4. Sensor Fusion/Preprocessing
In order to identify specific recorded actions, current research recommends using classification features that are tailored to the application in order to best discriminate the motion gestures [19
]. In a body motion tracking problem, it is therefore promising (and intuitive) to develop a pose estimator to first process the raw data (rotation rates, acceleration, magnetic field) and produce the orientation angles in inertial space to incorporate the arm elevation relative to the ground as a feature, among others. Angular rate measurements (given by rate gyroscopes) can be used to improve a tracker’s sensitivity to low rotation rates and provide an improved estimate of the device’s orientation, which was a problem in some previous work that used accelerometers only instead of a full IMU.
Integrating angular rates is an effective way to track orientation changes with high accuracy. However, estimate drift occurs as a result of sensor bias and noise through the integration process. Utilizing direct measurements of the “nadir” vector (Earth gravity vector measured by the accelerometer triplet), and the magnetic North (magnetometer triplet), the drift can by extracted by periodic updates. In this work we use such an Attitude and Heading Reference System (AHRS) as a pre-processing step [29
]. Figure 3
shows how the AHRS algorithm can improve the orientation estimates compared to using only accelerometers that couple the 1 g gravity vector with linear acceleration the device is experiencing, making orientation estimates relative to the gravity vector especially problematic for high intensity actions such as a baseball throw. An AHRS sensor fusion algorithm utilizes knowledge of the dynamics to propagate the orientation changes based on the rate gyroscope data and fuses the propagated estimate with the direct orientation estimate based on the accelerometer and compass. This way, the AHRS can tolerate shocks and vibration and maintain a stable estimate of the device’s orientation.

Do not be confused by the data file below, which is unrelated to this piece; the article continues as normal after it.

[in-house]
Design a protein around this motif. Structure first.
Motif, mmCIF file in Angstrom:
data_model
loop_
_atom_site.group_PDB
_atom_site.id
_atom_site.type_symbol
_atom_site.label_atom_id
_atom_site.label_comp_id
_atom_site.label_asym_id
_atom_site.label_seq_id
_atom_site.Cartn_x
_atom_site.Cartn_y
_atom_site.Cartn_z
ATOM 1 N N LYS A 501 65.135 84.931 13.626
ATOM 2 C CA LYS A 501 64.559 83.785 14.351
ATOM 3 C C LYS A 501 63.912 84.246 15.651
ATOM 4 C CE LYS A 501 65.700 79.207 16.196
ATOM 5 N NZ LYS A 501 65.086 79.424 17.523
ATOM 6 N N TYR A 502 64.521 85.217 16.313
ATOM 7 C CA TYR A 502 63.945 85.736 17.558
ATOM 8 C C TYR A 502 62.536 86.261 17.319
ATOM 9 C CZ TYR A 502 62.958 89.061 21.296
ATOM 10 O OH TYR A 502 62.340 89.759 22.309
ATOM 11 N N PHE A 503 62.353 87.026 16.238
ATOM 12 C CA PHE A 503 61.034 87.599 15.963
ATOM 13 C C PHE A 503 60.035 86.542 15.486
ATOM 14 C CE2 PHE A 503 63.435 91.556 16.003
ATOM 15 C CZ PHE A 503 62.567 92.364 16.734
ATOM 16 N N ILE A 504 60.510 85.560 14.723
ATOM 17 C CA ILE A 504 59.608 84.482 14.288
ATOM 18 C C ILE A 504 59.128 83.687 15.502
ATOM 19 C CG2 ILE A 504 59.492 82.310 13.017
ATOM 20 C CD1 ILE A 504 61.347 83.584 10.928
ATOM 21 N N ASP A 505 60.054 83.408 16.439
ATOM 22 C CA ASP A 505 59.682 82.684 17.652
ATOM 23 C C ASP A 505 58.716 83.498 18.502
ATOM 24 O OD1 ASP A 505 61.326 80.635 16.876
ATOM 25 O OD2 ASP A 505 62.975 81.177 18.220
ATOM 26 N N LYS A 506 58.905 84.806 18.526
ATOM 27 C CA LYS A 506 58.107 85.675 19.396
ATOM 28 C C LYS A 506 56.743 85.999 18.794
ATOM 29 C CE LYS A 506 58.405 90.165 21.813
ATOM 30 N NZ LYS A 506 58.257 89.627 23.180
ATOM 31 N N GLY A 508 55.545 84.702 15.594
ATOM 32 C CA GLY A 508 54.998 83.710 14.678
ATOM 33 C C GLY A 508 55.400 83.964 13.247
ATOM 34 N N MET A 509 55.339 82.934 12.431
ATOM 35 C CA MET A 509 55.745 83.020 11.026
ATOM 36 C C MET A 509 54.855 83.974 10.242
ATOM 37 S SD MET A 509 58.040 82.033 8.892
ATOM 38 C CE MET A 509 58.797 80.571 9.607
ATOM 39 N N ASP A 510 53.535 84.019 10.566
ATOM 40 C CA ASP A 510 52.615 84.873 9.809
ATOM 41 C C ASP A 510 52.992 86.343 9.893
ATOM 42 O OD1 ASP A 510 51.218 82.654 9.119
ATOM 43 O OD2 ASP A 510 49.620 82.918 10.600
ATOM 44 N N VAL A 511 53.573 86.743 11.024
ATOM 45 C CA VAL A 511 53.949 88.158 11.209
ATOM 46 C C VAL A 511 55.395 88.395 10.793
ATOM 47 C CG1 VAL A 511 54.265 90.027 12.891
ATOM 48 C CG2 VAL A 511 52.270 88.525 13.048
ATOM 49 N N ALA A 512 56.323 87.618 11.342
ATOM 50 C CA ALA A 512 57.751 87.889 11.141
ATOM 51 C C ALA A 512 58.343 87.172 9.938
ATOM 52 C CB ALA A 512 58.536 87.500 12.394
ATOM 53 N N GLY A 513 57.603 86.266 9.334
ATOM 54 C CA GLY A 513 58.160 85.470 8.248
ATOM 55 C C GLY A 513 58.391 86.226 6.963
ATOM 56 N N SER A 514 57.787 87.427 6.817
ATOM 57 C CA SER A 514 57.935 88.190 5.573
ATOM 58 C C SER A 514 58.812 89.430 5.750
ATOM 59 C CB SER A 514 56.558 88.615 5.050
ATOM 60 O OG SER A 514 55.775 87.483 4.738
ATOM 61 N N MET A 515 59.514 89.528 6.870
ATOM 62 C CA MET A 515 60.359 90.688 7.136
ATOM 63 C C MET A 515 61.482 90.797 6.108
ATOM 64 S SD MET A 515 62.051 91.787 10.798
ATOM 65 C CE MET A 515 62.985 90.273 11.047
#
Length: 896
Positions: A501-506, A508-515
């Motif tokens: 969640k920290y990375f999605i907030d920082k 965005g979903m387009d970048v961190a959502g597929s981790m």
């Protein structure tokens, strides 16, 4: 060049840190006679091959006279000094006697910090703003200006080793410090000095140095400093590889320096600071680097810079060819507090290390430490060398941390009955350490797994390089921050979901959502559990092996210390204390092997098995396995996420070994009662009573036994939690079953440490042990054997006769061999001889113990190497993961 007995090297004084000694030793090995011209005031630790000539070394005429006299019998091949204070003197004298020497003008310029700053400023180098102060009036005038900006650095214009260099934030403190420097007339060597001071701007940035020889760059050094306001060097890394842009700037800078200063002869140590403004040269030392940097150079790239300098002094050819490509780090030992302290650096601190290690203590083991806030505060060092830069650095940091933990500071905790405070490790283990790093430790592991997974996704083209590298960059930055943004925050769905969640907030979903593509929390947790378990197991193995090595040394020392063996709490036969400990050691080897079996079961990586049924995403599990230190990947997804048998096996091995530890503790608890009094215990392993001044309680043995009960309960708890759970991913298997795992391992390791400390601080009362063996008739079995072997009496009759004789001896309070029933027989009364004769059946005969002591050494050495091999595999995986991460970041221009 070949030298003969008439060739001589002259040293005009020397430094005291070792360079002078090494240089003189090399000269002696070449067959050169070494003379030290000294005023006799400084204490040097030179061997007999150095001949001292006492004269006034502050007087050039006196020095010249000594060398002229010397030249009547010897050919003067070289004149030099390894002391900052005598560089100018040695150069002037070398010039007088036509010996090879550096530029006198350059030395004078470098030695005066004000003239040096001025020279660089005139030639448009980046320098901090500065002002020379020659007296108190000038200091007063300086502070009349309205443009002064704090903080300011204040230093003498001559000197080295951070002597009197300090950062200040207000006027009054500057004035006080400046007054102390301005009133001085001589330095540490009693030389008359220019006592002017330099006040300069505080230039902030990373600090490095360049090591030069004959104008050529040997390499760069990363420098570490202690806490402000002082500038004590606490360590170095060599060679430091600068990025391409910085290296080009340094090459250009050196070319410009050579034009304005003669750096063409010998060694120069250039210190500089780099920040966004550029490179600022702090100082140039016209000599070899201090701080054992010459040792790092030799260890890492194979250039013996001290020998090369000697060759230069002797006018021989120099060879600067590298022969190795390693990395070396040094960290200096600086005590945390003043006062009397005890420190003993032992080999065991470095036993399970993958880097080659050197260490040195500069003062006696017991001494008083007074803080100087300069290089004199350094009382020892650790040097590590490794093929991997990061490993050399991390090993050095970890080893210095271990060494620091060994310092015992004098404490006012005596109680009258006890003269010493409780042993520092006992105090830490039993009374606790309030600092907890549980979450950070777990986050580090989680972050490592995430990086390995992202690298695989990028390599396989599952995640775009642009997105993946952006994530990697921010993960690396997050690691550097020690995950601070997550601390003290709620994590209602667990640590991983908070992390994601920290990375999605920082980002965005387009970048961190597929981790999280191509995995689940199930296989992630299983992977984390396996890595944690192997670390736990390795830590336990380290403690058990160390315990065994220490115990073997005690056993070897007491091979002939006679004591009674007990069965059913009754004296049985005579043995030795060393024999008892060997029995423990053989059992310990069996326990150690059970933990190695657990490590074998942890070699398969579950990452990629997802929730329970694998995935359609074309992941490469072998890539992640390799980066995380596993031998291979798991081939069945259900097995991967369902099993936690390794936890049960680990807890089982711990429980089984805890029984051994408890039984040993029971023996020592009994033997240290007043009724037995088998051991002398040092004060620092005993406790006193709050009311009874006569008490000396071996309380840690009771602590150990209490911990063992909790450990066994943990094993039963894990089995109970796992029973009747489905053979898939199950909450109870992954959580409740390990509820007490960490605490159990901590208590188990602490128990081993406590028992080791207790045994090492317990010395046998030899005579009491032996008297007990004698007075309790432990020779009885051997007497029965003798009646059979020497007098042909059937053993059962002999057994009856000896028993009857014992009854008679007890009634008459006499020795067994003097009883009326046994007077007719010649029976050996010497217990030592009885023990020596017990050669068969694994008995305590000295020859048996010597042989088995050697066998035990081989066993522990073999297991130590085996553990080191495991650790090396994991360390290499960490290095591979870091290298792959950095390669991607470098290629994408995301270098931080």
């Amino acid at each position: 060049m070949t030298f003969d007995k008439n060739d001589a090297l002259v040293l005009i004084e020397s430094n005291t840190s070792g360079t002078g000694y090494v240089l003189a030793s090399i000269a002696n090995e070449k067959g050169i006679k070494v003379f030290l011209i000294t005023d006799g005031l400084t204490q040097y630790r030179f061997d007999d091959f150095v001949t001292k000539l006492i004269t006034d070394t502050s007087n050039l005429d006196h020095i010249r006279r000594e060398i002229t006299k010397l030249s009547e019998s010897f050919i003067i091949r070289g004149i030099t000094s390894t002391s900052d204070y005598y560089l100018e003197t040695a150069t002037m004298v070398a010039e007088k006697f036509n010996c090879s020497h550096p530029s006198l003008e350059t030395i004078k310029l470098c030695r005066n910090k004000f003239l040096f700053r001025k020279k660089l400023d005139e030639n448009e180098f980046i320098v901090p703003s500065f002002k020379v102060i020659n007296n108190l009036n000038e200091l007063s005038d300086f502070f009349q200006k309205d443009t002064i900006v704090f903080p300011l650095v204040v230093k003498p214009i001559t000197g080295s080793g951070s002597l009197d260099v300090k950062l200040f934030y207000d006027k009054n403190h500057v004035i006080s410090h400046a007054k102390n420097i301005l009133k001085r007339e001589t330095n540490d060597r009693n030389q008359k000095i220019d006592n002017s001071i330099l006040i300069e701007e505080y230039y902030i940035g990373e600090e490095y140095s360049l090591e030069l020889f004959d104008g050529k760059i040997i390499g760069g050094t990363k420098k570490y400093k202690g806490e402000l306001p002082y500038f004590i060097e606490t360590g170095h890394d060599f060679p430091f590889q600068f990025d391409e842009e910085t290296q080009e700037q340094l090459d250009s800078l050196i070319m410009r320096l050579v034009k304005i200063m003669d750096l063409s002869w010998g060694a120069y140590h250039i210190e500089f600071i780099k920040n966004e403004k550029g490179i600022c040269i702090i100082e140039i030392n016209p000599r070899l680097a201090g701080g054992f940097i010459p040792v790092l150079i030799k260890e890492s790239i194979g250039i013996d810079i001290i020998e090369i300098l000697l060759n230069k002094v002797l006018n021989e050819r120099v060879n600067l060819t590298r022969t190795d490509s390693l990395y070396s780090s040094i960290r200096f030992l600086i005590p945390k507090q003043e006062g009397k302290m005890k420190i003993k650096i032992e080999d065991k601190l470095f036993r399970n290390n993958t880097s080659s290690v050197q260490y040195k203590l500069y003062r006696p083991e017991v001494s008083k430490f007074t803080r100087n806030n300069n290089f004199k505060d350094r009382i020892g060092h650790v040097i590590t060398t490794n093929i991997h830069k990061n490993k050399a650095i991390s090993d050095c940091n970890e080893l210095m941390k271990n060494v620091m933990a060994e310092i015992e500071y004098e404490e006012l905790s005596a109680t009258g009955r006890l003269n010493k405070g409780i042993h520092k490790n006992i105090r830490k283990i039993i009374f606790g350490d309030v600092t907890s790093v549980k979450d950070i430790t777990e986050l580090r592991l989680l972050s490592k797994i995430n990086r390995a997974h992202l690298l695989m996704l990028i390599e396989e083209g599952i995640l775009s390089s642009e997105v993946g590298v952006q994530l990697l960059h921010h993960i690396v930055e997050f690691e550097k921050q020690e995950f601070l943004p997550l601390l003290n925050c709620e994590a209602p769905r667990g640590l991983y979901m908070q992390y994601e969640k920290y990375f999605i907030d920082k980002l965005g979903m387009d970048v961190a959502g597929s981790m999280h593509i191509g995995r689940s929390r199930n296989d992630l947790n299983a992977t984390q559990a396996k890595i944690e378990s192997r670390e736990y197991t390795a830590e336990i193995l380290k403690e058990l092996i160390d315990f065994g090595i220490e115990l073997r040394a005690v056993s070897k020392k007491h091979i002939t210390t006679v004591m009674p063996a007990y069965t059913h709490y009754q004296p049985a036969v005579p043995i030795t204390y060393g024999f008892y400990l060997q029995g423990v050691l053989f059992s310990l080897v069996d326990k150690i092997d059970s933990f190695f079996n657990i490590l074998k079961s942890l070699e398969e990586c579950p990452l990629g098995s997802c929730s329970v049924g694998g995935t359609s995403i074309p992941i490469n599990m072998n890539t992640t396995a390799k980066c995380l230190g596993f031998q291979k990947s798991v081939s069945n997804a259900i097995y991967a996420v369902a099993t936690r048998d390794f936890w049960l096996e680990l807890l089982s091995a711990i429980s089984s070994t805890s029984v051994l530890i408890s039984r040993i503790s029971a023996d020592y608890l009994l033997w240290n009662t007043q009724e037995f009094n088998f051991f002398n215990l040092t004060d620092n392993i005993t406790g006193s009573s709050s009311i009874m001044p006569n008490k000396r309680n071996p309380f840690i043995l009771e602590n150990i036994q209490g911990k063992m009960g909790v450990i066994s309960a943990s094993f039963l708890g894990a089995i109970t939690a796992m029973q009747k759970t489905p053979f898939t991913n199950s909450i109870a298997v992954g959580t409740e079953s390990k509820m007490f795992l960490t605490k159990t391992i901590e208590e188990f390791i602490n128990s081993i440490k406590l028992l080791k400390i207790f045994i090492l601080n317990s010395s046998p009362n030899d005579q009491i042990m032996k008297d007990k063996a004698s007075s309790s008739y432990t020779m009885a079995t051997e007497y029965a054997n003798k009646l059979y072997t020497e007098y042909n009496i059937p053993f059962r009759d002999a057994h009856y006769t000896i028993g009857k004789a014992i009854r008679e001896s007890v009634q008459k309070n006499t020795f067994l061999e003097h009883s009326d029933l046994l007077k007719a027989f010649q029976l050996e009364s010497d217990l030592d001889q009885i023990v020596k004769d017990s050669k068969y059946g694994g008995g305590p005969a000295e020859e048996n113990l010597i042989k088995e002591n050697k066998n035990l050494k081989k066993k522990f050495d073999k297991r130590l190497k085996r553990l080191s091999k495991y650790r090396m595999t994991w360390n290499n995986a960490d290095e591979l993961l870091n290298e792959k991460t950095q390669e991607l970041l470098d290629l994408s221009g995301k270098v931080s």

The accelerometer estimate of arm elevation in Figure 3
is found by comparing the acceleration along the x
-axis to the total vector magnitude:
is the acceleration along the x
-axis, which points along the arm, and
is the vector magnitude of the sensed acceleration.
The filtered estimate of arm elevation in Figure 3
utilizes the attitude (orientation) estimate produced by the AHRS algorithm and finds the angle between the z
-axis of the world reference frame and the x
-axis of the device, as follows:
is the negative z
-axis in the world reference frame (pointing nadir, or straight down), which is represented as [0 0
is the x